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Pressure mounts for teacher furlough days

Student school board rep, others, send letters to union
by: Christopher Onstott Portland Public School Superintendent Carole Smith walked the halls of Jackson Middle School last fall with Principal John Ferraro. Smith's plan to cut $10 million from the PPS budget could mean furloughs for the district teachers.

The heat is on for Portland's teacher union.

With just three weeks to go before the Portland School Board votes on Superintendent Carole Smith's proposal to cut $10 million from the schools, a growing number of citizens - and now student representatives from each PPS high school - are urging the Portland Association of Teachers to agree to furlough days to reduce the impact of the cuts.

Henry Li, a senior at Wilson who serves as the school board's student representative, said the budget issue came up at a recent meeting of the Superintendent's Student Advisory Council (SuperSAC, for short) - which includes representatives from all of the district's high schools.

'Many are concerned that the programs that are going to be cut year after year,' Li told the Tribune. 'It's gotten to the point that it affects the stuff that makes our school a school.'

Li and 10 other student leaders sent an email to the PAT on Monday, just before heading into a board work session on the budget.

'They definitely are a passionate group,' he said of his board colleagues. 'But they can't really do anything (about the furlough days). It's up to the teachers, and the situation is up to the state for passing this revenue system.'

Li says while he soon won't be a PPS student anymore - he's heading to Harvard this fall - he hopes people will rally around state education funding issue.

Each PPS-wide furlough would save the district $1.4 million if no employee was paid. The $10 million in savings could also come from laying off 110 teacher positions.

Other citizens are writing to PAT president Gwen Sullivan as well.

'We're working on some creative solutions, waiting for more numbers to come in,' Sullivan told the Tribune Monday afternoon.

A meeting with PAT members is set for April 25; a proposal would come some time afterward.

Says Wendy Gerlach, a parent of two PPS high school students and one PPS high school graduate: 'The teachers most at risk of layoff are some of the most inspiring teachers at our school. It would be a short-term solution, costly in the long run for everyone, to let these teachers go. When they go, the programs they've created, the relationships they've developed with their school communities, their experience--this goes too. Indicators show that the economy is recovering. The schools, students, teachers, union all benefit from keeping established faculty in place. PAT has an interest in showing that it is supportive of the careers of younger teachers. It will be the younger teachers who move into leadership positions with the union and whose financial contributions will support the pension system for older retirees. Many retirement systems have learned the cost of safeguarding senior positions and then lacking a younger contribution base in later years.'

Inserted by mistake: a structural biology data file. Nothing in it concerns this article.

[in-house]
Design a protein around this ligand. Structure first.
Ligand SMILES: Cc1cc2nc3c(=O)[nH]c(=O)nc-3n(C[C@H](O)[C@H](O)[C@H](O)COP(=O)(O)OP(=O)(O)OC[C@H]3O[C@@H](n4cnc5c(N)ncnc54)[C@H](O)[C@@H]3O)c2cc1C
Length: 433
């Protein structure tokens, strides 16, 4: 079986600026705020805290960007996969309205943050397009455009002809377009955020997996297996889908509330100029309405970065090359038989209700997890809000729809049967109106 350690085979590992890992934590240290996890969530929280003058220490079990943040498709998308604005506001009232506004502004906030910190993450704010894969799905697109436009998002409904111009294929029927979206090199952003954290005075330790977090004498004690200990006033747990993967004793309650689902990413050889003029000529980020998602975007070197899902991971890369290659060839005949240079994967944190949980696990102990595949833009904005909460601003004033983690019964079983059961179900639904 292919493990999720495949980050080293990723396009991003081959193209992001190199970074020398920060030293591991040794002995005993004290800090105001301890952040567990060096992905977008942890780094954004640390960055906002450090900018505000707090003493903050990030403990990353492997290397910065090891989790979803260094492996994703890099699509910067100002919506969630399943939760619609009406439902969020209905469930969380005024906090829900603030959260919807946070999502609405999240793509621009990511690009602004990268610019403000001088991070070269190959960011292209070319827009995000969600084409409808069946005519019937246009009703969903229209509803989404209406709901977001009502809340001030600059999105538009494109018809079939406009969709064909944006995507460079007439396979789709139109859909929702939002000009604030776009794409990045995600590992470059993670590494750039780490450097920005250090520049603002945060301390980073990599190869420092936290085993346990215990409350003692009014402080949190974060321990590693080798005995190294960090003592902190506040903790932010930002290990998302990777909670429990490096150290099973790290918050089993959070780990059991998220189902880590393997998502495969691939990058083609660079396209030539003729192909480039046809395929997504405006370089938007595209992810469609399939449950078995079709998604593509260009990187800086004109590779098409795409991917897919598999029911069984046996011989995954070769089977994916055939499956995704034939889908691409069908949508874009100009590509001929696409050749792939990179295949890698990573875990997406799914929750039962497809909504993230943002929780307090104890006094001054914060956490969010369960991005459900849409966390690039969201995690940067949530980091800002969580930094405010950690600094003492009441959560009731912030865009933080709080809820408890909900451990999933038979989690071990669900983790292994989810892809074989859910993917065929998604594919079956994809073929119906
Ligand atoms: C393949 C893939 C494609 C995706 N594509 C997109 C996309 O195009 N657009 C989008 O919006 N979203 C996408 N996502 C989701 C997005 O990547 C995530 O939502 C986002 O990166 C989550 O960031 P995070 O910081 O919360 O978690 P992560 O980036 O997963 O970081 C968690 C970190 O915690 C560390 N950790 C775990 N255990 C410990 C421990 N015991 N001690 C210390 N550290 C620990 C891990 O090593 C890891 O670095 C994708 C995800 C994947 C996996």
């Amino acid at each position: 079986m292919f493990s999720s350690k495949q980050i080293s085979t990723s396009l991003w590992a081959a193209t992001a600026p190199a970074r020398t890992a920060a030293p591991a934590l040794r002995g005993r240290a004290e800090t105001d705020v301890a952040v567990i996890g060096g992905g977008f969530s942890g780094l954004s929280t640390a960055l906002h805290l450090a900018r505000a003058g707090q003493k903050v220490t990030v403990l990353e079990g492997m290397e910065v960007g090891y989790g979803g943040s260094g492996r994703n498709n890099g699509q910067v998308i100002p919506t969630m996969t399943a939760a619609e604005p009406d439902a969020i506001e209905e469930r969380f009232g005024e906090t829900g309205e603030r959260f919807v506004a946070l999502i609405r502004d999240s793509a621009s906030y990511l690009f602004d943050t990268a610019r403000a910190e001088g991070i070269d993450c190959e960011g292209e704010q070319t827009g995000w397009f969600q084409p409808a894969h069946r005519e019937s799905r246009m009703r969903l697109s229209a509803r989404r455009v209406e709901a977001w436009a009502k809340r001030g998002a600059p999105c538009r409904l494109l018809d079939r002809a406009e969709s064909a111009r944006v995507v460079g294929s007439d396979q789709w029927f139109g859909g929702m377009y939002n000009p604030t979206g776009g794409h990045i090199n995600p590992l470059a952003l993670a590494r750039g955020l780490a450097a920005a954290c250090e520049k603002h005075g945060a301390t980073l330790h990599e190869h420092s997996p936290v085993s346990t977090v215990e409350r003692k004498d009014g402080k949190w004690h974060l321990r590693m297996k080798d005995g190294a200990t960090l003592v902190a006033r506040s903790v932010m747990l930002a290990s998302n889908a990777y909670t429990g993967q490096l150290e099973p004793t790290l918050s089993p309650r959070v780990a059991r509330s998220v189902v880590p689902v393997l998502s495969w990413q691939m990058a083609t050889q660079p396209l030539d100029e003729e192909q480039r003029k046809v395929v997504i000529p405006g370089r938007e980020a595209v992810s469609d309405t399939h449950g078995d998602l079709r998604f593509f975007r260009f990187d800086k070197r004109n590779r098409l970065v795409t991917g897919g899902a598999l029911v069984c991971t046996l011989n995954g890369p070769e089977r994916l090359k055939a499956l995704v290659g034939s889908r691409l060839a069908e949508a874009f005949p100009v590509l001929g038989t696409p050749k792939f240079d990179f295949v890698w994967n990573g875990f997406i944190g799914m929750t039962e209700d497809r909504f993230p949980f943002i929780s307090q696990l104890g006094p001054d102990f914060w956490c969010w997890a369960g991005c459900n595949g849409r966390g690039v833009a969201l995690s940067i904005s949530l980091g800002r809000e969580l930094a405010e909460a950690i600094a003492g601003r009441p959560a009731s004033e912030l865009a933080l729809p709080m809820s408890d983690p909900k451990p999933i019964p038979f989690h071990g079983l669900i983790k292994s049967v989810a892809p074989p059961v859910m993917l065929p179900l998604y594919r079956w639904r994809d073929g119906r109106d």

Here is Henry Li's letter to the PAT:

Dear Teachers of Portland Public Schools,

How are you doing? If you're like us, you're probably worried about the budget cuts that are going to hit our schools again this year.

Sometimes it may seem like we don't really care about school. You know, like when we stare glassy-eyed at the marks you're making on the board? Or, like when we don't even thank you for the sacrifices it takes to teach when class sizes are ballooning and when your pay isn't exactly in the six-figure range?

But, really, we do care. We care a lot. We care about our brothers and sisters, we care about students in Title I-funded schools, we care about the future of Portland. We, too, care about ballooning class sizes with another 110 teachers slated to be cut this year.

Please consider opening up the contract to allow adding furlough days. We recognize the sacrifice this takes on your part, but we believe there is no simply no other option. The cuts don't have to all be taken through days. Just three or even two would help a lot.

Staff reductions have a long-term educational impact because the next generation of teachers lose their jobs. We, teachers and students, are all affected for an entire school year by larger class sizes and less support. Also, cutting a teacher often means eliminating an elective or program that keeps students interested in school. Programs, once gone, are difficult to restore. And again, the cuts don't have to all be taken through days. We just hope it can be an option.

Please consider our request. On behalf of the 47,000 students in Portland, we thank you sincerely for the sacrifices you have made to give us an education.

Elected representatives of Portland's student body:

Henry Li, Wilson High School

Kevin Truong, Benson Polytechnic High School

Risa Luther, Franklin High School

Phu Nguyen, Madison High School

Bridgette Lang, Jefferson High School

Alexia Garcia, Lincoln High School

Sophia Kecskes, Cleveland High School

Ray Kennedy, Trillium Charter School

Ellie Johnson, Grant High School

Patrick Curtis, Trillium Charter School

Shani Plunkett, Roosevelt High School